"Episcop-aliens" Invade Southdowns Parade
by Fr. John Tober, Curate, Trinity Episcopal Church, Baton Rouge
On the Friday before Mardi Gras, 34 teenagers and adults, and 1,000 pounds of throws boarded a float to ride in Baton Rouge's Southdowns parade. The parade, composed of 19 floats and various walking groups kicked off from Glasgow Middle School at 7pm to wind its way through Baton Rouge's Southdowns neighborhood, passing Trinity Episcopal Church and School, before the floats and groups dispersed at the head of Cloverdale Ave. The parade is widely acknowledged as the most family-friendly of the Baton Rouge season, and the deanery's float was fourth in line behind the dignitaries' entries.
"This was one of my proudest days as a priest in the Diocese of Louisiana," Fr. Tommy Dillon of St. Margaret's Church said. "It was a wonderful opportunity for Episcopalians to be a witness about who we are, and to come together in witness to the community."
The parade entry was a grass-roots effort that brought people from five area communities (Trinity, St. Patrick's, St. Margaret's, Grace, and Camp Hardtner) together, sharing costs and providing staffing and supplies for the evening.
"The parade was an easy win for us to incorporate into the community. All it took was a little outside-the-box thinking and a bit of work to make it happen" Fr. John Tober said. He continued, "For the cost, it was a phenomenal team-building opportunity for deanery youth, and the public-relations opportunity to witness to the community eclipsed the material costs involved-especially when shared among a number of parishes."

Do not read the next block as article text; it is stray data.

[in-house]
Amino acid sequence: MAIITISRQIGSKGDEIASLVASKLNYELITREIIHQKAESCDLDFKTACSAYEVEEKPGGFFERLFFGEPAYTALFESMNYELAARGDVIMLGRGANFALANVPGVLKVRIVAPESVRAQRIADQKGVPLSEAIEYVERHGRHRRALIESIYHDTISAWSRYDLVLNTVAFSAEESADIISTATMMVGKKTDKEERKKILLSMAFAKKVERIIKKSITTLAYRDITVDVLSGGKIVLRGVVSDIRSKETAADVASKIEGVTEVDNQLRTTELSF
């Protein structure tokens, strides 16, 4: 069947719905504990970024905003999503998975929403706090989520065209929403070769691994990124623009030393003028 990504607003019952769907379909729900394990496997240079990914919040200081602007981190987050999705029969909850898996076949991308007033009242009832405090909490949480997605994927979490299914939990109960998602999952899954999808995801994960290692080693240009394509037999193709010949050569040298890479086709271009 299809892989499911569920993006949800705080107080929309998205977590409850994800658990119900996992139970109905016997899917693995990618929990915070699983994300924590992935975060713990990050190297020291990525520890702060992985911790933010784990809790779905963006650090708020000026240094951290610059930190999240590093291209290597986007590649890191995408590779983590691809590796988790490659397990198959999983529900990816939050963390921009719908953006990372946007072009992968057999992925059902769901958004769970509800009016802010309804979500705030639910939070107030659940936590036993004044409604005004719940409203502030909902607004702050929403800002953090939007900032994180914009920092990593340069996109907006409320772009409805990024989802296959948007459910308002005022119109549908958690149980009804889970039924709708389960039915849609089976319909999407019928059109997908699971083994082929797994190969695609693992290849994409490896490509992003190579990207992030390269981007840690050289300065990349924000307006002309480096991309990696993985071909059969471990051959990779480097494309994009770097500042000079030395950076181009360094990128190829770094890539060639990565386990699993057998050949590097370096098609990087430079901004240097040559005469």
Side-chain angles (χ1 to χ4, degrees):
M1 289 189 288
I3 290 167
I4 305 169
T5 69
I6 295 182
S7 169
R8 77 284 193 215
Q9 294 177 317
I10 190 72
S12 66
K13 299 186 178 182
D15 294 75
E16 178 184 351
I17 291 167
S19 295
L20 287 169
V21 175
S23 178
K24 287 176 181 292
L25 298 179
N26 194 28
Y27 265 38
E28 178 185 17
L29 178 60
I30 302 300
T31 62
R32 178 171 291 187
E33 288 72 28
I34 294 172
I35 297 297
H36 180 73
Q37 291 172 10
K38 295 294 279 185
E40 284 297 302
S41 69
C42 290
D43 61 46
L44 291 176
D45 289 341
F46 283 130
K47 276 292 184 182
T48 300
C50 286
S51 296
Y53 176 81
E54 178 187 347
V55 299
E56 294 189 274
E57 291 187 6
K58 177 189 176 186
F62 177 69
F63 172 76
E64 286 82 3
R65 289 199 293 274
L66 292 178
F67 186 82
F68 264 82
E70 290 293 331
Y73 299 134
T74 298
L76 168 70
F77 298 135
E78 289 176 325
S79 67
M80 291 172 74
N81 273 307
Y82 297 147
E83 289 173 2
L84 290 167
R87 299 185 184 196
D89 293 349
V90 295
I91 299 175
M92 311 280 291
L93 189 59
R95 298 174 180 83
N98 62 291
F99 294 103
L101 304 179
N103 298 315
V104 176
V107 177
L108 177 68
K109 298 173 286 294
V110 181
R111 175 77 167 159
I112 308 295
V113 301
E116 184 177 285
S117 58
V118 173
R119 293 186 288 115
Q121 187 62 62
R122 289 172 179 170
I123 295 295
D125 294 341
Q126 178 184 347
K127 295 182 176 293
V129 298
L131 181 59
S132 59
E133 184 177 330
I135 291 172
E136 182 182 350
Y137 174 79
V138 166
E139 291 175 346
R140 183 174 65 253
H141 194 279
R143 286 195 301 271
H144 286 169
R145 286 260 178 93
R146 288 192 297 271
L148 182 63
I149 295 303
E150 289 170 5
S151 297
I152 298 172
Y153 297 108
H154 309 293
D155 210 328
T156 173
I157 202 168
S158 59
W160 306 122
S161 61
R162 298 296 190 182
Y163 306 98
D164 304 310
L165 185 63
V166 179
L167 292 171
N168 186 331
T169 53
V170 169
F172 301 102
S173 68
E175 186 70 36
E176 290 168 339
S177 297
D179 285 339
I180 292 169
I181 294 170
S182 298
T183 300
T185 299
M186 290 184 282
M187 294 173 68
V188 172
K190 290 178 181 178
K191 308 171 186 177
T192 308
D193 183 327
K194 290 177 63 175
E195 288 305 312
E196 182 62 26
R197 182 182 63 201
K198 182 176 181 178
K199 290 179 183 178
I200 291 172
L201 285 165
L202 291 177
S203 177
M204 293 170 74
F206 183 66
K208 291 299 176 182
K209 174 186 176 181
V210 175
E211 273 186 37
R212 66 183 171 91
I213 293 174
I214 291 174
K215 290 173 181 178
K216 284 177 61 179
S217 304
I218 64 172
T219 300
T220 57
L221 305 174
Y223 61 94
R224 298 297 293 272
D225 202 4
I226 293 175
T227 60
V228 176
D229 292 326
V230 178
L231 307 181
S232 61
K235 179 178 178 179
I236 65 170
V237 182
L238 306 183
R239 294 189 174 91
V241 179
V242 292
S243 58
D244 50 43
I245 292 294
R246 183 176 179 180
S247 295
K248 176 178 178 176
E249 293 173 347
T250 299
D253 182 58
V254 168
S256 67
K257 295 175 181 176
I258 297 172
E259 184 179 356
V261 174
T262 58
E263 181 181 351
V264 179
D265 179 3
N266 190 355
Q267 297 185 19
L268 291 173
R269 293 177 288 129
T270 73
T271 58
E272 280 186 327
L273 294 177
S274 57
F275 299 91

The theme of the parade was "Science Fiction: Resistance Is Futile," and the Episcopal "Koinonia Krewe"-a Greek word meaning "Fellowship with other Christians or with God"-decked out in matching t-shirts for the event. These "Episcop-aliens" reveled in the Episcopal Church's return to the Southdowns Parade after a 10-year hiatus.
"Participating in the Southdowns Parade was a lot of fun. We often forget that Mardi Gras began in the church. Riding in the parade is an exciting way to teach our youth about the traditions of the church while also giving them an opportunity to share the Good News of God," Fr. Ashley Freeman said; "It's a great reminder that being a Christian doesn't mean you can't have fun. Rather, this event was a great way for the Episcopal youth from around Baton Rouge to remind people of the Joy we find in God through Christ."
Look for us again at next year's parade!